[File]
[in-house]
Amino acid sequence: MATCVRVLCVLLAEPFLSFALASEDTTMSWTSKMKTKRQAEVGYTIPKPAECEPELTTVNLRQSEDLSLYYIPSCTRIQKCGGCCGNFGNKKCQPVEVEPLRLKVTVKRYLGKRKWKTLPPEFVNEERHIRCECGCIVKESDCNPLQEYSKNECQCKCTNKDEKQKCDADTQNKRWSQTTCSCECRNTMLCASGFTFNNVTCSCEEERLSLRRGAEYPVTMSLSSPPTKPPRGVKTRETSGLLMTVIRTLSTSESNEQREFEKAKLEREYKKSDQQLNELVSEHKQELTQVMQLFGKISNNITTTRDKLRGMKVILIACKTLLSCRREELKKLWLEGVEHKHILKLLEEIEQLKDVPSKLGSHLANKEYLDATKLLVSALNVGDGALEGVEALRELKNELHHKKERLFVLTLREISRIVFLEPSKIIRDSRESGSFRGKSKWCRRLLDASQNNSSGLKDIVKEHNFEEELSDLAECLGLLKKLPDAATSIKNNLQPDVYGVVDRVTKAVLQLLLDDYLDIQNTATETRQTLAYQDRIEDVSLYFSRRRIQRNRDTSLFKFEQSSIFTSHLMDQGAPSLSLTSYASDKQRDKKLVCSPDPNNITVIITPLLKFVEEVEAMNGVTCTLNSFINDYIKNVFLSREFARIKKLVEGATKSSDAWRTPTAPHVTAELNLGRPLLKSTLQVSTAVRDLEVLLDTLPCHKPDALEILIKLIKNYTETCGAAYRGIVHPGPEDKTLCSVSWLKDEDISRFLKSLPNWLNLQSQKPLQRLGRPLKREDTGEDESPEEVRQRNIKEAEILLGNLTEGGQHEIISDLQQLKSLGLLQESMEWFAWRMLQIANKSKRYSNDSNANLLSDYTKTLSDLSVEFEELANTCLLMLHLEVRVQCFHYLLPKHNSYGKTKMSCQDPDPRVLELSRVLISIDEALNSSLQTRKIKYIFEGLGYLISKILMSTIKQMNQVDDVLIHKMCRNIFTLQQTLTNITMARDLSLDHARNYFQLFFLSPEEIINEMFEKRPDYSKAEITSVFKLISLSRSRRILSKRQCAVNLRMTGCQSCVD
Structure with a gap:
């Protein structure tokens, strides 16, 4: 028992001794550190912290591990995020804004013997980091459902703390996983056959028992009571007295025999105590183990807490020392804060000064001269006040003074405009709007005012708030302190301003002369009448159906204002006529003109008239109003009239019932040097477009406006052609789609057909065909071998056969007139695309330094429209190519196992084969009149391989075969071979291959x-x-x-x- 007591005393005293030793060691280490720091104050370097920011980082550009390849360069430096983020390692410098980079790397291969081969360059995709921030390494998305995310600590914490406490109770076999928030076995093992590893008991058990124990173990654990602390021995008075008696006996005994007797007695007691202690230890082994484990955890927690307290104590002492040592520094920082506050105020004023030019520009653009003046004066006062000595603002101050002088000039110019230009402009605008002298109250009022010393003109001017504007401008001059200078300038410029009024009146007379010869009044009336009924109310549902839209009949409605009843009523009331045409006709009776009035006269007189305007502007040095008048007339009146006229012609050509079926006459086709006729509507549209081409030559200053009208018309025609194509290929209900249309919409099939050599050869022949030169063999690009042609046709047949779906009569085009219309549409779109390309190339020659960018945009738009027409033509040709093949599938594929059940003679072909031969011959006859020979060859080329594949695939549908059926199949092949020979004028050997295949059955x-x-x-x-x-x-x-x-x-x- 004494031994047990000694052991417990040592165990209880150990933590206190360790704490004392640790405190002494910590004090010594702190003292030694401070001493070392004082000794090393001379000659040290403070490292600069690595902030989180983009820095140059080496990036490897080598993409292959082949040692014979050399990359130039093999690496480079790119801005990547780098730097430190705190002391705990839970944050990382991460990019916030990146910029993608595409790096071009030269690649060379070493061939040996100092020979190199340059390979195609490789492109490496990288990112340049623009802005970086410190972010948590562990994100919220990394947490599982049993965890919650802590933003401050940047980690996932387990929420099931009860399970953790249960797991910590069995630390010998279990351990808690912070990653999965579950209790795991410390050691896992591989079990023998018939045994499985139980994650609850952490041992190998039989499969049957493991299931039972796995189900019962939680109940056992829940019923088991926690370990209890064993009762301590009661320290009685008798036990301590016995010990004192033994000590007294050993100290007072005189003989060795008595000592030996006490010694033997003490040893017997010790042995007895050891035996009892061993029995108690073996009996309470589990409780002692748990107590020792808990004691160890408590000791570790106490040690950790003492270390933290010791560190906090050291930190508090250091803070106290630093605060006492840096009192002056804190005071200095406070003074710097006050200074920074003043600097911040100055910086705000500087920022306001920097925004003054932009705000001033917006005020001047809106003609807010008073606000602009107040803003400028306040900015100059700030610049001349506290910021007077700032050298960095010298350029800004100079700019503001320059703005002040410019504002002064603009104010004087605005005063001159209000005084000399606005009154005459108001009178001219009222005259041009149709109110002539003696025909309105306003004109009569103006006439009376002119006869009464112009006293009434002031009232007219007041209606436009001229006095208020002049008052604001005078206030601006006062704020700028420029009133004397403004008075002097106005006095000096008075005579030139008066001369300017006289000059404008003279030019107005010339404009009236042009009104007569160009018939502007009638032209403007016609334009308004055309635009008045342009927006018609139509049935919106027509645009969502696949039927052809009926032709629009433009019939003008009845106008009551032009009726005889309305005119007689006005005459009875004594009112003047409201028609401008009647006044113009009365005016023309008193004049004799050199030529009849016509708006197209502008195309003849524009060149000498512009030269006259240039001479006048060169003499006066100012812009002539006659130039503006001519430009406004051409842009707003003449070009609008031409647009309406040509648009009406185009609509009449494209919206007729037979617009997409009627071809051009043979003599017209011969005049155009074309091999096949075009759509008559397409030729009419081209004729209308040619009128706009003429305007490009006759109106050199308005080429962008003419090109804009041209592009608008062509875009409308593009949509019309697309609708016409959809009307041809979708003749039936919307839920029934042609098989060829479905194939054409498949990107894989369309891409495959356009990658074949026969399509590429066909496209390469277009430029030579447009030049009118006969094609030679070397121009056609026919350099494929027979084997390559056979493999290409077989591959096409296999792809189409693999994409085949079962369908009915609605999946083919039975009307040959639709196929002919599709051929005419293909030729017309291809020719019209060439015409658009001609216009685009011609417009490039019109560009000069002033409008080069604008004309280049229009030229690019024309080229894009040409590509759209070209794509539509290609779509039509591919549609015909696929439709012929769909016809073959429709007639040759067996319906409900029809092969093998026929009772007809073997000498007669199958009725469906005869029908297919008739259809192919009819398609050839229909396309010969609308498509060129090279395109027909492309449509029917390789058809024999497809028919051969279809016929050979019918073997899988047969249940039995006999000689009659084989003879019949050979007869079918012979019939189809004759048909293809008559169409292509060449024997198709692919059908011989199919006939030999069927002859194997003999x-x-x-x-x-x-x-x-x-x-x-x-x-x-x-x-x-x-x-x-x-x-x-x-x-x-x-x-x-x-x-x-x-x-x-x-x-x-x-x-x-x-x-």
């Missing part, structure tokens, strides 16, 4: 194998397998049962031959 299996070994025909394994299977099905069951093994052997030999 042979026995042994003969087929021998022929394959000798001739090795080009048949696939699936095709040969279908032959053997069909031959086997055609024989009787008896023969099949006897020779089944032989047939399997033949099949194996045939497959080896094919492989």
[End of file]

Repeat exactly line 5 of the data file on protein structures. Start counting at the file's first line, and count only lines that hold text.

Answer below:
């Missing part, structure tokens, strides 16, 4: 194998397998049962031959 299996070994025909394994299977099905069951093994052997030999 042979026995042994003969087929021998022929394959000798001739090795080009048949696939699936095709040969279908032959053997069909031959086997055609024989009787008896023969099949006897020779089944032989047939399997033949099949194996045939497959080896094919492989």